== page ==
Note by the author: I have called this article The Cauldron (continued), because I see the entire world with all its different wars raging, in general, and the Palestine-Israel/ Ukraine-Novorossiya crises, in particular, as one huge cauldron.
Is Harmony and Solidarity Possible in the World of Today?
United Nations Call for Harmony
On October 20, 2010, the United Nations called on people around the globe to celebrate the first week of February as World Interfaith Harmony Week to promote harmony between all religions and beliefs.
“Of course, this was not the first time that people had called for harmony between followers of different faiths. In 2007, leaders of the Islamic community wrote an open letter to leaders of the Christian community. They called for peace and understanding between Muslims and Christians and said that the foundation for this peace and understanding already exists.
“It can be found in the key principles shared by both faiths – the commands to love God and love one’s neighbour. These two principles are also basic to the Jewish faith, which forms a strong basis for all three monotheistic religions of the world to live with a mutual respect for one another.”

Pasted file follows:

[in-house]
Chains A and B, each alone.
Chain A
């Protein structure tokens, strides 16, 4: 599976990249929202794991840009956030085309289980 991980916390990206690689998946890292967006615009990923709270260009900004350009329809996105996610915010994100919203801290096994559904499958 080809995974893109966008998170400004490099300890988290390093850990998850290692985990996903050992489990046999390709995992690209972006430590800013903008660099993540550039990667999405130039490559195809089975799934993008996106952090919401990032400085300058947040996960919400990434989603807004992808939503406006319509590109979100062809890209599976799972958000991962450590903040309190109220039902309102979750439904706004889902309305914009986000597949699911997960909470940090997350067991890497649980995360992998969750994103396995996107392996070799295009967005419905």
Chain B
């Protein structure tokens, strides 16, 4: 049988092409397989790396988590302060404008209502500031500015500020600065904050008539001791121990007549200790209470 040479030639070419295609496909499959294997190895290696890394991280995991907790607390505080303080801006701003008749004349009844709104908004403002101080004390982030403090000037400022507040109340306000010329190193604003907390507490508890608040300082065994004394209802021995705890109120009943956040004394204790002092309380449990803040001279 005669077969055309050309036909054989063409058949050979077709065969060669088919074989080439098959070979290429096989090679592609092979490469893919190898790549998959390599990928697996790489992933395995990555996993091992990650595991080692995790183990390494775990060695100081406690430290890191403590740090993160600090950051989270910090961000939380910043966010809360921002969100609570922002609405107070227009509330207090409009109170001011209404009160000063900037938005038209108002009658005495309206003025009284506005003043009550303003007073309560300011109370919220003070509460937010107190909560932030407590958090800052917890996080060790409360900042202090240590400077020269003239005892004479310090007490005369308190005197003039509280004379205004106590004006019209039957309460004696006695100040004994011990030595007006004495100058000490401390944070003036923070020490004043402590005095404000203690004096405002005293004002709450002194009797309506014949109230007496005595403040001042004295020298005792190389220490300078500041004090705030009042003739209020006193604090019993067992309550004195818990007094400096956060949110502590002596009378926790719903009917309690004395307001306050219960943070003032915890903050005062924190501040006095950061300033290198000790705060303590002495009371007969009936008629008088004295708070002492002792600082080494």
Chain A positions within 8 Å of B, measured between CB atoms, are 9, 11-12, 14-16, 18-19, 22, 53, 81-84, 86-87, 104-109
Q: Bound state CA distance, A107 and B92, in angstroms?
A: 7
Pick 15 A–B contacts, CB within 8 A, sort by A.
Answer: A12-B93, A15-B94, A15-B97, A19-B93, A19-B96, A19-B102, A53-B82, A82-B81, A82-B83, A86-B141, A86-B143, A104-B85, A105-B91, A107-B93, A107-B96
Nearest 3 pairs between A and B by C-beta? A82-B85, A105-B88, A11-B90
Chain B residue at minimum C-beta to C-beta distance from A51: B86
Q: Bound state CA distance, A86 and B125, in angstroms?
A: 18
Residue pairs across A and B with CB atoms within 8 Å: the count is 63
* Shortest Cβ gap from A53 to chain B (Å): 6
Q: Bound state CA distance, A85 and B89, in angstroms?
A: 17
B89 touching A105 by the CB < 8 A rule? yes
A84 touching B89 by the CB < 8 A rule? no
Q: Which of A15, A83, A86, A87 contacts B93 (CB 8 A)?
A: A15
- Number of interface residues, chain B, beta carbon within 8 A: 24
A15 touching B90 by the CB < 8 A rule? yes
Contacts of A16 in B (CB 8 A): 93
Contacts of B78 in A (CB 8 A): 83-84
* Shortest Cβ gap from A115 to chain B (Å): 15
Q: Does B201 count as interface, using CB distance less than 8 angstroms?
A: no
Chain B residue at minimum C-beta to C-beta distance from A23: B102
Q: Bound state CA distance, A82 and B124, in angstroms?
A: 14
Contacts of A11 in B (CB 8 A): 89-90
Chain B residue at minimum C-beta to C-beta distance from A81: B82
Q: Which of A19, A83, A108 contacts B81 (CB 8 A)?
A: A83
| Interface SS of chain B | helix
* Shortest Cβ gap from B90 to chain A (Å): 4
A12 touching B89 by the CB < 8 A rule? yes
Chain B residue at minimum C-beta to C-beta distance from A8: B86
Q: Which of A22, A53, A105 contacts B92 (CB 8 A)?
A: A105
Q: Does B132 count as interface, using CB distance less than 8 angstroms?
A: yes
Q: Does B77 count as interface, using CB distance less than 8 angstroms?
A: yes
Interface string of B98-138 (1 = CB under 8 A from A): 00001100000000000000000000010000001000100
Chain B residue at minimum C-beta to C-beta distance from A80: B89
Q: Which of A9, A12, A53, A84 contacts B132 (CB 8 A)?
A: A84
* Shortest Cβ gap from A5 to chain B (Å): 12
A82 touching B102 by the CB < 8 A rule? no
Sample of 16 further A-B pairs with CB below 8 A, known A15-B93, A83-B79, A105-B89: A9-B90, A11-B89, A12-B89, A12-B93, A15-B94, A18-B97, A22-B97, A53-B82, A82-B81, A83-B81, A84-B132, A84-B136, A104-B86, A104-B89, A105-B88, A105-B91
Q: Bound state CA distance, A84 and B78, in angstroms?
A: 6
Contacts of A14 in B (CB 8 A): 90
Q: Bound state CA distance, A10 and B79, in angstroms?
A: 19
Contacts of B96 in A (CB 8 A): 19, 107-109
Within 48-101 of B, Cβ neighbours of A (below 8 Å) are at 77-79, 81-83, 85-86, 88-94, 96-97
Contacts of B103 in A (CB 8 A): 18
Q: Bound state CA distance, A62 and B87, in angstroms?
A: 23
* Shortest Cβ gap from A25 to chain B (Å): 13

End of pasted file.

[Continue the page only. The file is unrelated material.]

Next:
These two principles are, however, not only basic to Muslims, Christians and Jews but are also the basic principles of life, of nature, of creation and thus of the earth and the world where peoples dwell together.
We must ask ourselves today honestly the question whether there is truly and really harmony between peoples of different faiths, of different political views or ideologies and different cultures. I am almost a hundred percent certain that all of us will answer no to this question.
The disharmony and disagreements between people, governments and nations have taken on such proportion that the UN General Assembly in 2010 had to pass a resolution that instituted the first week of February of every year a “World Interfaith Harmony Week [that] celebrates the principles of tolerance and respect for the other that are deeply rooted in the world’s major religions. The observance is also a summons to solidarity in the face of those who spread misunderstanding and mistrust.”